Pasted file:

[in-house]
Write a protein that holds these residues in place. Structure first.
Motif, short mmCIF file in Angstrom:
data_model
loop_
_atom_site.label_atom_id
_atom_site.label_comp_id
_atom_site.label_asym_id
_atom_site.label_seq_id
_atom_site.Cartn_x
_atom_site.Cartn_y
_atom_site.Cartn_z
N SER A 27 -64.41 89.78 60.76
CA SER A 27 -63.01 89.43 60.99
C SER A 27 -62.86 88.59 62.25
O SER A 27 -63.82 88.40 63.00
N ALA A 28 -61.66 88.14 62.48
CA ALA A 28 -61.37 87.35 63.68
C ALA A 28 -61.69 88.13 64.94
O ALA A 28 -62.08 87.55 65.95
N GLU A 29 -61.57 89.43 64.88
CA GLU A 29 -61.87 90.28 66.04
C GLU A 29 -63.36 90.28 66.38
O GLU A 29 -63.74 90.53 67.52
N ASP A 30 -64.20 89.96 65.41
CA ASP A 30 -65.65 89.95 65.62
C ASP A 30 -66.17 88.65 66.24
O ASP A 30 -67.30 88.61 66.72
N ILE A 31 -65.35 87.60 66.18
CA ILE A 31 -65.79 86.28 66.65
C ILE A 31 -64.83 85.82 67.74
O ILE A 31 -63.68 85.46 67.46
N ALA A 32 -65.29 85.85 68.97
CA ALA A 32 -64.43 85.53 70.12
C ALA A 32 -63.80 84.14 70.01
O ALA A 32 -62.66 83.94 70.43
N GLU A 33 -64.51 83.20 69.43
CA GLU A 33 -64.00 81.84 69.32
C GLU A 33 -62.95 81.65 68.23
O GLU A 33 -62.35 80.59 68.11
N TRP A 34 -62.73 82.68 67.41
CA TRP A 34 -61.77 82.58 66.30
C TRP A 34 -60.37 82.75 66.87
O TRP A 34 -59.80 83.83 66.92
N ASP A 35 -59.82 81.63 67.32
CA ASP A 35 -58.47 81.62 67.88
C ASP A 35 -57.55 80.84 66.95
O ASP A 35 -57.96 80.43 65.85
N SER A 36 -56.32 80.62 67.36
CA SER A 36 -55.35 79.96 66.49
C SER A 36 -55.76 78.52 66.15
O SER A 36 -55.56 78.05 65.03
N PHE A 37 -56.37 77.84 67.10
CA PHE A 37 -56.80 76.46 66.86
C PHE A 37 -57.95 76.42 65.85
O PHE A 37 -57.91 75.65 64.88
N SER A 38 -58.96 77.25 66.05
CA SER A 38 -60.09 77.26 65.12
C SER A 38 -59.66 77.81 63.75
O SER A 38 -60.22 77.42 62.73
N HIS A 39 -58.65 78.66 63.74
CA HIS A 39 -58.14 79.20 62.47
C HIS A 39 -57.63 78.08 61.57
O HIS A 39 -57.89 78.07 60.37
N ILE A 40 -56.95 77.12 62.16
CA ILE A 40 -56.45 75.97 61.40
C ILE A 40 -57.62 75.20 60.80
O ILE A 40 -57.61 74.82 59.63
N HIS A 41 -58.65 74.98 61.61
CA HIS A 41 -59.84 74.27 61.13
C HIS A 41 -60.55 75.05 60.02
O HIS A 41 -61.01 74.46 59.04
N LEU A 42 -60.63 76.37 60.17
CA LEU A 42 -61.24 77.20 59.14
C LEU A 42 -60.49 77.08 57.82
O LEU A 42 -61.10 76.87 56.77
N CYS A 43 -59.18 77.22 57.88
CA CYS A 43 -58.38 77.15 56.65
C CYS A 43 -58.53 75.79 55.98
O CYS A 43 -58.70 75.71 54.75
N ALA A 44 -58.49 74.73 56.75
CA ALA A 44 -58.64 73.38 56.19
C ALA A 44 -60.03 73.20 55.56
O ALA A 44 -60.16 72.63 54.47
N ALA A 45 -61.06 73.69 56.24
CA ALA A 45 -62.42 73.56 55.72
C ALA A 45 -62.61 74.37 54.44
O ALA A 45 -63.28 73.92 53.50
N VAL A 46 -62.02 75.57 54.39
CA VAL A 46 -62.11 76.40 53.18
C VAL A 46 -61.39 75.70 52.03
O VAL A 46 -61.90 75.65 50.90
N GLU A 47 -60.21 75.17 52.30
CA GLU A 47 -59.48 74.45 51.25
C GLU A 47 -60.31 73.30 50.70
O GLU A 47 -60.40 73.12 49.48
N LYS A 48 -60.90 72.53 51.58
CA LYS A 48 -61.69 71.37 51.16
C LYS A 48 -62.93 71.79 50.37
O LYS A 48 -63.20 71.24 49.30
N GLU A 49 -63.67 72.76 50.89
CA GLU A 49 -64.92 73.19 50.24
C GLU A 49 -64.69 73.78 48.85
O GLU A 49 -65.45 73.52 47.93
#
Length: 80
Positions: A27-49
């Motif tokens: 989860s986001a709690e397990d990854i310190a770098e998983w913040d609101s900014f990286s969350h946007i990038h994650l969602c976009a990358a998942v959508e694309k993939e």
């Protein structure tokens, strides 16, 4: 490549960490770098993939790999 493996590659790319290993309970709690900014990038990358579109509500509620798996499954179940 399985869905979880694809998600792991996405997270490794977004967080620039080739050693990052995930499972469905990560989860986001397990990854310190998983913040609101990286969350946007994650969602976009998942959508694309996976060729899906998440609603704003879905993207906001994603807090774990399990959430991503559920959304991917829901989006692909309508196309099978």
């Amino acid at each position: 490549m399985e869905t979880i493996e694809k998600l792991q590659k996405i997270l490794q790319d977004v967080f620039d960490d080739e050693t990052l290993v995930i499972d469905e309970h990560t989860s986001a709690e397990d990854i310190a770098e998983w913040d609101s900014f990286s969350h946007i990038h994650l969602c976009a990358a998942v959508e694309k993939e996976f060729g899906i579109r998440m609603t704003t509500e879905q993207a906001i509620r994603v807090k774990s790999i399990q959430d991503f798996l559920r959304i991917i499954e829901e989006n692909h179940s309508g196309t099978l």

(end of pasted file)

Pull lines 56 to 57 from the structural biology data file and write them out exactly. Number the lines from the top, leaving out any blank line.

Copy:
O PHE A 37 -57.91 75.65 64.88
N SER A 38 -58.96 77.25 66.05